Stunning image captures two overlapping galaxies

What could be more beautiful than one shiny spiral galaxy? Two. A new image of a “galactic overlap” from the NASA/ESA Hubble Space Telescope and the Galaxy Zoo citizen science project appears to show two dueling galaxies more than a billion light-years away from Earth. For a closer look, there is a zoomable version of the image.

While the galaxies SDSS J115331 and LEDA 2073461 may appear to collide, they just align by chance and ESA compared them to two ships passing at night. Hubble has recorded similar galaxies that appear to be related in the past, such as NGC 1512 and NGC 1510 in 2017 and NGC 6285 and NGC 6286 in 2019.

Two overlapping spiral galaxies (SDSS J115331 and LEDA 2073461) orbit nearly a billion light-years from Earth. CREDIT: ESA/Hubble & NASA, W. Keel. ESA/Hubble & NASA, W. Keel

[Related: Hubble image captures stars forming in a far-off phantom galaxy.]

This is one of many Hubble galaxy observations in which the Galaxy Zoo project has played a major role. Since 2007, the citizen science project and its successors, including Galaxy Zoo 2 and Galaxy Zoo: CANDELS, have collected galaxy classifications from nearly 90,000 volunteer astronomers. The citizen scientists classify galaxies imaged by robotic telescopes and are often the first to ever see an astronomical object, according to the European Space Agency (ESA). To date, Galaxy Zoo has classified 5,134,932 galaxies. Galaxy Zoo volunteers have also discovered a “menagerie of strange and wonderful galaxies,” such as unusual three-armed spirals and colliding ring galaxies.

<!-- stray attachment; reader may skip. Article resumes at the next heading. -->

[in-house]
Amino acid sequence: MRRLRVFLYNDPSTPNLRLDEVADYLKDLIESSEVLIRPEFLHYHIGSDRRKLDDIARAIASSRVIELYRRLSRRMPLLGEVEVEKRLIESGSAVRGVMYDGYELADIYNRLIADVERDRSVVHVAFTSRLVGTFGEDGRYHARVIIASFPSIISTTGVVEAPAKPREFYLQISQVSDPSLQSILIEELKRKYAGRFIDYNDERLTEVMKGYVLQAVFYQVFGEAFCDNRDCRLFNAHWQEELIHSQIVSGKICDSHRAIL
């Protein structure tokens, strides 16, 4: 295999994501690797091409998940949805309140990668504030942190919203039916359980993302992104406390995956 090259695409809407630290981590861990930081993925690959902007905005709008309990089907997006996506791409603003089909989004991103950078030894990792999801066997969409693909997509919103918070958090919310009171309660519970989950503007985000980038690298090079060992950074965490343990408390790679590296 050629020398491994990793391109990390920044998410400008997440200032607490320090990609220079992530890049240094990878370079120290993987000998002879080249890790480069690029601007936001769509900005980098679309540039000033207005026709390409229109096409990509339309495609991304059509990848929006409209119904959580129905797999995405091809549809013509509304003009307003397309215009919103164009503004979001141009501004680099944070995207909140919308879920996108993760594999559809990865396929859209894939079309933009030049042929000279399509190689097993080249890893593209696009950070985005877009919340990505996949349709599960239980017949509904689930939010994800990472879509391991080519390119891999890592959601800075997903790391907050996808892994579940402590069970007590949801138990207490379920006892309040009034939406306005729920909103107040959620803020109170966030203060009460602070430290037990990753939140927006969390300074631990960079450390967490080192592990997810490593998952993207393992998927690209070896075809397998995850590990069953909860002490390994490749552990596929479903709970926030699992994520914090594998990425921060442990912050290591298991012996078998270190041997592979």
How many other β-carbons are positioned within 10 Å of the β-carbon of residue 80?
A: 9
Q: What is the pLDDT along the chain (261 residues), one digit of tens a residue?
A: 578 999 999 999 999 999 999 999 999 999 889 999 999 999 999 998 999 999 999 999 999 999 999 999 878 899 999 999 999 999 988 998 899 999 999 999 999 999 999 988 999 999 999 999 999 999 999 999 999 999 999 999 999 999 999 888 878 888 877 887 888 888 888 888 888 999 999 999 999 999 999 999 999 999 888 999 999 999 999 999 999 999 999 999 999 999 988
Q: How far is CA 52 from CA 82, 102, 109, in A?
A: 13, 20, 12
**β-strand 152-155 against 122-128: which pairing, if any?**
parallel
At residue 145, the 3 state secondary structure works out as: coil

From our perspective on Earth, it’s not uncommon for galaxies to overlap in this way. In July, the new NASA/ESA/CSA James Webb Space Telescope (JWST) captured a 150-million-pixel image of a group of five galaxies that appear to be swirling together, called Stephan’s Quintet. In this group of five, only a few galaxies in the group interact. According to NASA, images like these “provide new insights into how galactic interactions fueled the evolution of galaxies in the early universe.”

[Related: Behold six galactic collisions, masterfully captured by Hubble.]

Galaxies are classified into three main categories: elliptical, spiral and irregular. Ellipticals make up about a third of all galaxies and can range from nearly circular to more elongated. The largest and rarest are called giant elliptical bodies and are about 300,000 light-years across.

Spiral galaxies are very colorful. They usually appear as flat, blue-white disks of stars, gas, and dust with yellow-looking bulges in the center. There are two types of spiral galaxies, normal and barred. Striped spirals have a bar of stars running through the central bulge, and the arms usually start at the end of the bar instead of a bulge. Normal spirals have arms extending from a center, which look like a hurricane’s eye.

Irregular galaxies are (as the name suggests) the most unusual galaxy. They are not disk-like or elliptical and contain very little dust. These are often seen by astronomers as they gaze deeper into the universe. Looking that deep is like looking back in time, and irregular galaxies abound in the early Universe, before spirals and ellipticals even evolved.